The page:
University of Michigan develops technology that doubles speed of 3D printing

Molong Duon and Deokkyun Yoon, both mechanical engineering PhD students, and Chinedum Okwudire, associate professor in mechanical engineering, have developed what they call "filtered b-spline" algorithms to speed up consumer 3-D printers without sacrificing quality. Desktop 3-D printers often use light and flexible parts to save costs and stay affordable, but this allows for unwanted flexing and vibrations when the movement of the printhead is accelerated. These vibrations can offset the printhead, and because the printer uses a stepper motor, it won't know there is a problem and will keep printing, resulting in an incredibly deformed final product. The Michigan Engineering researchers developed algorithms that take into account the dynamics of the printer and refine the movement of the printhead and platform to mitigate vibration errors. Photo: Evan Dougherty/Assistant Multimedia Editor - University of Michigan - College of Engineering (Evan Dougherty, Michigan Engineering)

ANN ARBOR – A new software invented at the University of Michigan that speeds up 3D printing has hit the market.

Developed by spinoff company Ulendo, the product was recently launched at the RAPID + TCT Conference -- North America’s largest conference for additive manufacturing.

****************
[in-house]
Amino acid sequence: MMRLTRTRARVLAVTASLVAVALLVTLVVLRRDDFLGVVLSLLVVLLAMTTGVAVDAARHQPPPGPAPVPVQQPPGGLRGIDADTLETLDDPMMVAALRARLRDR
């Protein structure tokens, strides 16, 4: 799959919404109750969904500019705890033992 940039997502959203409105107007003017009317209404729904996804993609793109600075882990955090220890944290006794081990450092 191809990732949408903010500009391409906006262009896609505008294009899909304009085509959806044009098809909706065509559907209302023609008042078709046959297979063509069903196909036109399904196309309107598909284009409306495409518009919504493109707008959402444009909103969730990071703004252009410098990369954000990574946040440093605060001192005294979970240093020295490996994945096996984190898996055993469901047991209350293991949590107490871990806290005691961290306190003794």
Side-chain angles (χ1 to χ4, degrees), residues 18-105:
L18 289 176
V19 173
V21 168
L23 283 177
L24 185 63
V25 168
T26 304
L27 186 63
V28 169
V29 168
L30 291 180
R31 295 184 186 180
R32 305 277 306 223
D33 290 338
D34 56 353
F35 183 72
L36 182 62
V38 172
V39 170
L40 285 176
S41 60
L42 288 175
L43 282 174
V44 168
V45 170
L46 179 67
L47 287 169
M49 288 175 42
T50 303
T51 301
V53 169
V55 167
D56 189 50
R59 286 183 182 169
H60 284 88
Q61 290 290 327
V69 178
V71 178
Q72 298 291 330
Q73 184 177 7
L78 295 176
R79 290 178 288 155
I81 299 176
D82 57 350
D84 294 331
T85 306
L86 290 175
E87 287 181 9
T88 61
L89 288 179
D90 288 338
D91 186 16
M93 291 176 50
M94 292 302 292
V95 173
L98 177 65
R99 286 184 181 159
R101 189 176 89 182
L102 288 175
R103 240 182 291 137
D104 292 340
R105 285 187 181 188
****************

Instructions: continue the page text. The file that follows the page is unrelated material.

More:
3D printing has long been limited by its slow process, and U-M associate professor of mechanical engineering and founder of Ulendo, Chinedum Okwudire, said his software is changing the 3D printing landscape.

“If you want to reduce vibration in a moving object, most times you can do that by slowing down,” Okwudire said in a statement. “But as 3D printing is already very slow, that solution creates another problem. Our solution allows you to print fast without sacrificing quality.”

He added that the faster speed wouldn’t necessarily mean a larger consumption of energy, which would allow for a potential cost reduction per printed part.

The Ulendo-developed software is called FBS, short for Filtered B Splines -- a mathematical function the U-M team used to translate the printer’s commands and vibrations.

“Say you want a 3D printer to travel straight, but due to vibration, the motion travels upward,” Okwudire said in a statement. “The FBS algorithm tricks the machine by telling it to follow a path downward, and when it tries to follow that path, it travels straight.”

Okwudire began to design software in 2011 that could override machine vibrations. In 2017, a graduate student from Okwudire’s mechanical engineering lab implemented FBS on a 3D printer.

Ulendo was established via U-M’s Innovation Partnerships, and the university has a financial interest in the company.

It got off the ground with a Small Business Innovation Research grant from the National Science Foundation and an MTRAC grant from the Michigan Economic Development Corporation.

“Members of the 3D printing industry have the same jaw-dropping reaction I had when I first heard about how this technology results in a printer operating at two times the speed and 10 times the acceleration,” Ulendo CEO Brenda Jones said in a statement.

About the Author:

Meredith has worked for WDIV since August 2017 and was voted one of Washtenaw County's best journalists in 2019 by eCurrent's readers. She covers the community of Ann Arbor and has a Master's degree in International Broadcast Journalism from City University London, UK.